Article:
MacSSH SSH2 Key Exchange How-to

by Marion Bates <mbates at>
with much help from William Stearns <wstearns at>
Latest revision: January 25, 2002

NOTE: The methods here work for MacSSH 2.1fc2 on MacOS 9.1, connecting to a remote system running OpenSSH_3.0.2p1 OR the commercial SSH server software (I tested it with SSH Secure Shell 2.3.0). For other distributions, your mileage may vary.

First, make a key pair for MacSSH. If you've already done that and are confident
about it, skip to step 8.

1. Install MacSSH.

2. Go to Favorites menu and select Edit Favorites.

3. Make a new Favorite and in the General tab, enter an Alias and Hostname.

4. Under Security, make sure Protocol is set to ssh2, and enter your username in the Username field, but do NOT enter a password or any other information.

5. Under the SSH2 tab, hit the Initialize SSH... button.

6. In the windows that pops up, make sure Key Type is set to DSA (RSA is used for SSH1, which you want to avoid for security reasons.) Also make sure that the NIST level is set to the highest (8 - 1024 bit primes). Make sure the value of Label matches your username and the host address you are connecting from (the username is automatically filled in using whatever you have set for Owner Name in File Sharing, which may not match your login name, so watch out). Make sure "Encrypt private key" is checked.

7. Hit Create. If MacSSH complains that it can't overwrite existing key files, then you have already done this before. :) Unless you're sure they've been generated with the correct parameters, go into System Folder -> Preferences -> MacSSH and delete "identity" (your private key) and "" (your public key) and start over with the Initialize SSH button.

8. When it's finished generating keys and asking for your passphrase (the VERY SECURE password you will use to unlock your private key -- it should NOT be the same as your password on the remote host!) then hit the Export Public Key button (right below "Initialize SSH...").

9. Save the exported key somewhere where you can find it again.
Now for the actual public key installation.

10. Open up a terminal (SSH please :) to the machine you want to connect to, using the usual password authentication method. This is the last time you'll need to do that, if all goes well.

11. Take the exported public key you made ("") and somehow transfer it to the host machine. IMPORTANT: There are several ways to do this. You can open up an SFTP or SCP connection to the same host and upload "" that way (ASCII text, not binary!), or you open the file on your Mac (use something that won't try to mangle/spellcheck/etc, like BBEdit or Simpletext) and select all and copy it to the clipboard, then on the host, type the following:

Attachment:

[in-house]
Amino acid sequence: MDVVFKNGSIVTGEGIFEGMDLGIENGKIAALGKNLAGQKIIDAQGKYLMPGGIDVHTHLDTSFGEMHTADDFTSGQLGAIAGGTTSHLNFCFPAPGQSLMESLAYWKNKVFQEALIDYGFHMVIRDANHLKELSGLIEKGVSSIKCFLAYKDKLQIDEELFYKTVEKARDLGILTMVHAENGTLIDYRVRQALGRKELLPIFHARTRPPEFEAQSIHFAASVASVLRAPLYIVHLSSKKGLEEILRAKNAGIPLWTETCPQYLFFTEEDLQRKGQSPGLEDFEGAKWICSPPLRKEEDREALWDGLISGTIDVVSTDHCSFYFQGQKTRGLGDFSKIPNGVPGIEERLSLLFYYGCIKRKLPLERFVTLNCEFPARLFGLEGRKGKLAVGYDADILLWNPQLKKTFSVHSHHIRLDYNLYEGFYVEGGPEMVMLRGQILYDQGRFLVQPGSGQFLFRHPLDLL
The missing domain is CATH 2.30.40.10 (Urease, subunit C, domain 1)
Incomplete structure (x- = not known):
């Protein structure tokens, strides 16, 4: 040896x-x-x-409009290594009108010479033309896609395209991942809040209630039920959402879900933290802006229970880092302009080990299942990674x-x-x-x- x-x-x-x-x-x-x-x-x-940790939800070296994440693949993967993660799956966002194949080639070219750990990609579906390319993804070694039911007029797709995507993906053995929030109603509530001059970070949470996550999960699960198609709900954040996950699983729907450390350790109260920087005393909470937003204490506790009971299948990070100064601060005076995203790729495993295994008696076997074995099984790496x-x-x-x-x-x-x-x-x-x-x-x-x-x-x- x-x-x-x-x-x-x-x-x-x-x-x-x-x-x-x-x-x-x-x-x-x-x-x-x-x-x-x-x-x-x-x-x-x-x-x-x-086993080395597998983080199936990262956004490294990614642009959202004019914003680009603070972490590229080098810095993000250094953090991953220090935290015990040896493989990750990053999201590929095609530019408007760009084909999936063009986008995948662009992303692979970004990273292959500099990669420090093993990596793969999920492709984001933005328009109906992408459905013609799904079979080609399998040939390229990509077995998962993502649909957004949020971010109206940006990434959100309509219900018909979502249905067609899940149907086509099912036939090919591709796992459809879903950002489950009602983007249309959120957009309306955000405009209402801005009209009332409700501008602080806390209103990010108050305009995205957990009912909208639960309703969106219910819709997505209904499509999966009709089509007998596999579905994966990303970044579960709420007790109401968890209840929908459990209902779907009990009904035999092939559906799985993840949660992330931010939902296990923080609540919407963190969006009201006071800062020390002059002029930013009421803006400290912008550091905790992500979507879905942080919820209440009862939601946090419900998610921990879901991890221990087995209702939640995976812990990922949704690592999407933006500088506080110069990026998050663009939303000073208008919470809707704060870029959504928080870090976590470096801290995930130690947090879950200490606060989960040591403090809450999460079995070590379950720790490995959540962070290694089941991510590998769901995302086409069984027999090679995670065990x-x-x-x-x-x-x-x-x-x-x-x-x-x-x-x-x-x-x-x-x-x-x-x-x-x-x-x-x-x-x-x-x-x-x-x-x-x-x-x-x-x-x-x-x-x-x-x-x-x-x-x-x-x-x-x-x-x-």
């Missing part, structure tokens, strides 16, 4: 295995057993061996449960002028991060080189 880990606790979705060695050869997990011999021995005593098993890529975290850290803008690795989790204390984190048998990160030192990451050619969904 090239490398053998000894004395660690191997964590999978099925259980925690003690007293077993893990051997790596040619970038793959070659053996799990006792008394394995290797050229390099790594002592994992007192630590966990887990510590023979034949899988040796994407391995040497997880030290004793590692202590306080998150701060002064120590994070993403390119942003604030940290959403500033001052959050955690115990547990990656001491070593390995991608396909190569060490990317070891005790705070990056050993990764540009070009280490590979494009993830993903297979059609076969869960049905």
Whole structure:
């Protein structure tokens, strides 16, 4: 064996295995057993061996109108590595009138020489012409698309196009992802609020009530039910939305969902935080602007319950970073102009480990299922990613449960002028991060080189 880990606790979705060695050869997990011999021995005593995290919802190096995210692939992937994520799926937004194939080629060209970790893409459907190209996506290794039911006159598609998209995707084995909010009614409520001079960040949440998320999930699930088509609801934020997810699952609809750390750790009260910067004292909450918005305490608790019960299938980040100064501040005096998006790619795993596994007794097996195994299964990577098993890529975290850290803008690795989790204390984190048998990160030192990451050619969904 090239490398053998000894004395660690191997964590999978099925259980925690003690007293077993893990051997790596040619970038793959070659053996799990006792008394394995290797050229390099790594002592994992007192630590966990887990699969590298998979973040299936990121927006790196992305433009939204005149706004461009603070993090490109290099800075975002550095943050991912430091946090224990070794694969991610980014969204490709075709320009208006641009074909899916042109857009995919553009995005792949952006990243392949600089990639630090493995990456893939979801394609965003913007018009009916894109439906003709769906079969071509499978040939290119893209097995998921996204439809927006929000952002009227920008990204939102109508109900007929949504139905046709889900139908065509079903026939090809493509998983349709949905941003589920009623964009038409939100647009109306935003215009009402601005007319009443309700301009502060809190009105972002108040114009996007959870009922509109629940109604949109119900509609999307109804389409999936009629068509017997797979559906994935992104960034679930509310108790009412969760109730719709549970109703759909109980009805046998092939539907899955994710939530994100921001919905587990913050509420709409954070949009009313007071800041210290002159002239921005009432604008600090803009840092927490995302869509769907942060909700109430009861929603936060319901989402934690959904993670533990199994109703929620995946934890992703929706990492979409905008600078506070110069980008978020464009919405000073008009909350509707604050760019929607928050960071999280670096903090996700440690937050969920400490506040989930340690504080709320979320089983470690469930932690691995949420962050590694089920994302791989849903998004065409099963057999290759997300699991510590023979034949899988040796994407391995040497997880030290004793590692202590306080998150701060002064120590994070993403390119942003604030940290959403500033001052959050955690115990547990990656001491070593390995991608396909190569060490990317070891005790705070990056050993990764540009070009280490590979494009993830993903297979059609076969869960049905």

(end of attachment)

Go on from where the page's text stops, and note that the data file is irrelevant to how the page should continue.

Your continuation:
cat > pubkey.txt <hit return>

<paste the clipboard contents into the terminal window>

<hit return and then ctrl-d>

Now you have a file called pubkey.txt which contains your public key. But there's still more to do.

12. In your home directory, there should be a .ssh directory (if not, make one.) cd to this directory.

13. If the server is running commercial SSH, skip to step 15. If there is an authorized_keys2 file, make a backup copy of it. In your terminal, type the following:

ssh-keygen -f /path-to/pubkey.txt -X >> ~/.ssh/authorized_keys2

(NOTE THE DOUBLE GREATER-THAN SIGNS -- this will APPEND your key to the authorized_keys2 file, if it exists, and will create it if it doesn't. If you use only one greater-than sign, and there is already an authorized_keys2 file, it will overwrite all the existing keys! If that happens, restore authorized_keys2 from the backup you made.)

14. This step may not be necessary at all, but I had to do it on my system. In
.ssh, do the following:

ln -s authorized_keys2 authorized_keys

This creates "authorized_keys" which is a symbolic link to the authorized_keys2 file. But this may break SSH version 1 and you probably don't want to do it if there is already an authorized_keys file. Please email me if you can clarify this.

15. For a commercial SSH server, you do not need to run the ssh-keygen command; the file generated by MacSSH is already in the proper format. The remote copy of this key file can have any name as long as it's in the .ssh2 directory on the remote machine. For our example we will call it There needs to be a file called ~/.ssh2/authorization, and it must have a line which says:


16. Make sure the .ssh directory and its contents, and your home directory, are
all owned by you. In this example, your username is egoldstein:

chown egoldstein ~ ~/.ssh ~/.ssh2 ~/.ssh/* ~/.ssh2/*

17. Change the modes of the directories and files as follows:

chmod 700 ~ ~/.ssh ~/.ssh2
chmod 600 ~/.ssh/* ~/.ssh2/*

18. Log out and select the Favorite you made in steps 2-4. MacSSH should ask for your passPHRASE (the one you entered when you created your key pair) and you should then be logged in. It should NOT ask you for your passWORD on the remote host. If it does, then something went wrong with the key authentication process. If you have the access privileges to do so, check the logs for error messages (/var/log/messages, /var/log/secure, or /var/log/auth.log, maybe elsewhere -- check /etc/ssh/sshd_config to see where it's logging to). If that doesn't give you any insight, try repeating the process above, maybe you missed a step. If that fails, find a guru. :)